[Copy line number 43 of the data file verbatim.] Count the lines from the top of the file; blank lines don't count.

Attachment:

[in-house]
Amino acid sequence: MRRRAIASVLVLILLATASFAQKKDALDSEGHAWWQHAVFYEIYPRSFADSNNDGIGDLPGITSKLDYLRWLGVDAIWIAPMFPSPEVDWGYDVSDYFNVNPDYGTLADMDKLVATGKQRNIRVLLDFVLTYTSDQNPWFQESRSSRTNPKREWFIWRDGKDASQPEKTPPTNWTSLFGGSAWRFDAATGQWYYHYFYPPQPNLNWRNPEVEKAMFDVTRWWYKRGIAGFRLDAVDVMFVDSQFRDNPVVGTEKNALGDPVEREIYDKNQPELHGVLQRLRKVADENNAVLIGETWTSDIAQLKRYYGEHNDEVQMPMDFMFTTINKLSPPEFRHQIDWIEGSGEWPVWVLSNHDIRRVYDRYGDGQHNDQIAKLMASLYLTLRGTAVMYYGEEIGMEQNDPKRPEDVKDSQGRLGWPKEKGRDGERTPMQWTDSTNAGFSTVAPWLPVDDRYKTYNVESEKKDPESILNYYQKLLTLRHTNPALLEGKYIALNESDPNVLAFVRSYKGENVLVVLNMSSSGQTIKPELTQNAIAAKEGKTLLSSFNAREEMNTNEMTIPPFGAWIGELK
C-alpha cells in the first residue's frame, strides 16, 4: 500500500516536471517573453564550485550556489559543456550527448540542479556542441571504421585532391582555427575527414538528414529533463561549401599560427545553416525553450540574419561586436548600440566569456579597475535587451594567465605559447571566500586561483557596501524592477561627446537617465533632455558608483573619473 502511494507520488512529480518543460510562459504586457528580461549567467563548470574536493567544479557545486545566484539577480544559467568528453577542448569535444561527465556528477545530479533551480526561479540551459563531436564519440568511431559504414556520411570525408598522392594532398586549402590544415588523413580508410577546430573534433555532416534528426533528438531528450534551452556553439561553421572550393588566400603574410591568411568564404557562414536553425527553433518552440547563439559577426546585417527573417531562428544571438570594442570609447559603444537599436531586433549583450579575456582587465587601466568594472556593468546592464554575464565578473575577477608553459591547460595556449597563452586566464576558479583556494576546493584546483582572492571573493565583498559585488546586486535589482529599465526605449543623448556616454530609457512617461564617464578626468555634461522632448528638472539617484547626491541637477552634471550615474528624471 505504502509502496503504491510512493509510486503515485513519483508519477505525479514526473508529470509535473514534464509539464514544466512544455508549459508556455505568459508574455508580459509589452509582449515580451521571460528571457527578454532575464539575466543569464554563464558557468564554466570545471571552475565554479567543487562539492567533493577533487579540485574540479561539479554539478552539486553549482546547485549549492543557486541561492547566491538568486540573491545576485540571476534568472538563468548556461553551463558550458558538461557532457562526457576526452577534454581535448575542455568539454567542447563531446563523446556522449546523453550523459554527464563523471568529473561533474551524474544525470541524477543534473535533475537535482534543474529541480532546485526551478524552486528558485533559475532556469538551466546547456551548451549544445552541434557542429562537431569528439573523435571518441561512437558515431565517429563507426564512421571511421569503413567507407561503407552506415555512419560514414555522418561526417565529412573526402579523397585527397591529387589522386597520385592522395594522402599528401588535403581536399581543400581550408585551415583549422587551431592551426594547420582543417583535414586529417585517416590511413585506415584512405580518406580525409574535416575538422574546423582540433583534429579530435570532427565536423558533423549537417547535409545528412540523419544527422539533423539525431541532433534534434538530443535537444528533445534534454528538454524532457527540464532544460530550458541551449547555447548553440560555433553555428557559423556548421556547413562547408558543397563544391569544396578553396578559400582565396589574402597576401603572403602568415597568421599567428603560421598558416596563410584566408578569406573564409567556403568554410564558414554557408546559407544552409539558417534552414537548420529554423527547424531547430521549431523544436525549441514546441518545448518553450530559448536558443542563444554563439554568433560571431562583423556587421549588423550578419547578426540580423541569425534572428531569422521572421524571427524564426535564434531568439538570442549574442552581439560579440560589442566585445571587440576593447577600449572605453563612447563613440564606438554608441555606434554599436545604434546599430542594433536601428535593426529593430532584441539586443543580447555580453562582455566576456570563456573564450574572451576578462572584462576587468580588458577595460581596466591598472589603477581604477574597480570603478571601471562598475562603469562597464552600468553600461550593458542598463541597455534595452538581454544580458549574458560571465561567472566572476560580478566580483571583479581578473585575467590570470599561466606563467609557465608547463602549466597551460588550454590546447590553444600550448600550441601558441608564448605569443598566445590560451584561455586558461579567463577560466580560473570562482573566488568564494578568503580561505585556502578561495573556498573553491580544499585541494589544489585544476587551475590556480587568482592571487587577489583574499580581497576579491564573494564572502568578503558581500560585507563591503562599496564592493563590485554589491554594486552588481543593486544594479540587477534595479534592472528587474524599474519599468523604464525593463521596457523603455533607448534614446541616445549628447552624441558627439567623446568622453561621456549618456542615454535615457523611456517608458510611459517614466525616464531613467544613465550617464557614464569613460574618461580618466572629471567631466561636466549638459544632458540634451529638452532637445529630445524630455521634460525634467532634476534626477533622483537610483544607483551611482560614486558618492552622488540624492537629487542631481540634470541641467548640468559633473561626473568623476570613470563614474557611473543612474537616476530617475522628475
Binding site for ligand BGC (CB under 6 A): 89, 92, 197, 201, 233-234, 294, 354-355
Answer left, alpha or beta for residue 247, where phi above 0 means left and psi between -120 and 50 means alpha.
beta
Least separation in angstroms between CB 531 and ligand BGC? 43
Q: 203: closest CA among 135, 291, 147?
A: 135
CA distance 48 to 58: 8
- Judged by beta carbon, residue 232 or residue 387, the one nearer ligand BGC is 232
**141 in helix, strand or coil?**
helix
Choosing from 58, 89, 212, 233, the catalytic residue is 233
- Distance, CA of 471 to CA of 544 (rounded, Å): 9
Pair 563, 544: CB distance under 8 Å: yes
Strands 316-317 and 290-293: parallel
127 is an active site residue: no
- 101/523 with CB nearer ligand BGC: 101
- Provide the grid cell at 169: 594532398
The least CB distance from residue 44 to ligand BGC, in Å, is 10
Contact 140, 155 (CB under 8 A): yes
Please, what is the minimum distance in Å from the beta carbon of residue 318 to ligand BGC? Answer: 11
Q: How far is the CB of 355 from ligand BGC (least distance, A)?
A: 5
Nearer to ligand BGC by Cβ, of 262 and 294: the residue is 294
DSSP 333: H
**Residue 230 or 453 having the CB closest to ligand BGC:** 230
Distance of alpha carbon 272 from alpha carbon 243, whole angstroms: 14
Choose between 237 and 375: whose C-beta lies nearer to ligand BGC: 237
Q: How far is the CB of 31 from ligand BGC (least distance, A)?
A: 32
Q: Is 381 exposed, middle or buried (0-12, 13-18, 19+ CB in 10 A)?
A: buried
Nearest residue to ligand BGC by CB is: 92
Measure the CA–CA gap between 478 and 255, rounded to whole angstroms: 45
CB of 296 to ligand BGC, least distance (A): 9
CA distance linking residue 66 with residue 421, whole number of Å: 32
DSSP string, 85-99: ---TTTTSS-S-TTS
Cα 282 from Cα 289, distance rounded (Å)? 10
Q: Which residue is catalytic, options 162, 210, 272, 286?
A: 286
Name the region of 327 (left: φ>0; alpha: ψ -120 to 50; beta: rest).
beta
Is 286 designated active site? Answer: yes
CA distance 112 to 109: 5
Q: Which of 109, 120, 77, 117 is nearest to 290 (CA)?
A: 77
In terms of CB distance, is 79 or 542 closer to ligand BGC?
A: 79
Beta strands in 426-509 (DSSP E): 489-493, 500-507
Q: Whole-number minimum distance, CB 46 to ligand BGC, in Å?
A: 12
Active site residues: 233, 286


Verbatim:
Name the region of 327 (left: φ>0; alpha: ψ -120 to 50; beta: rest).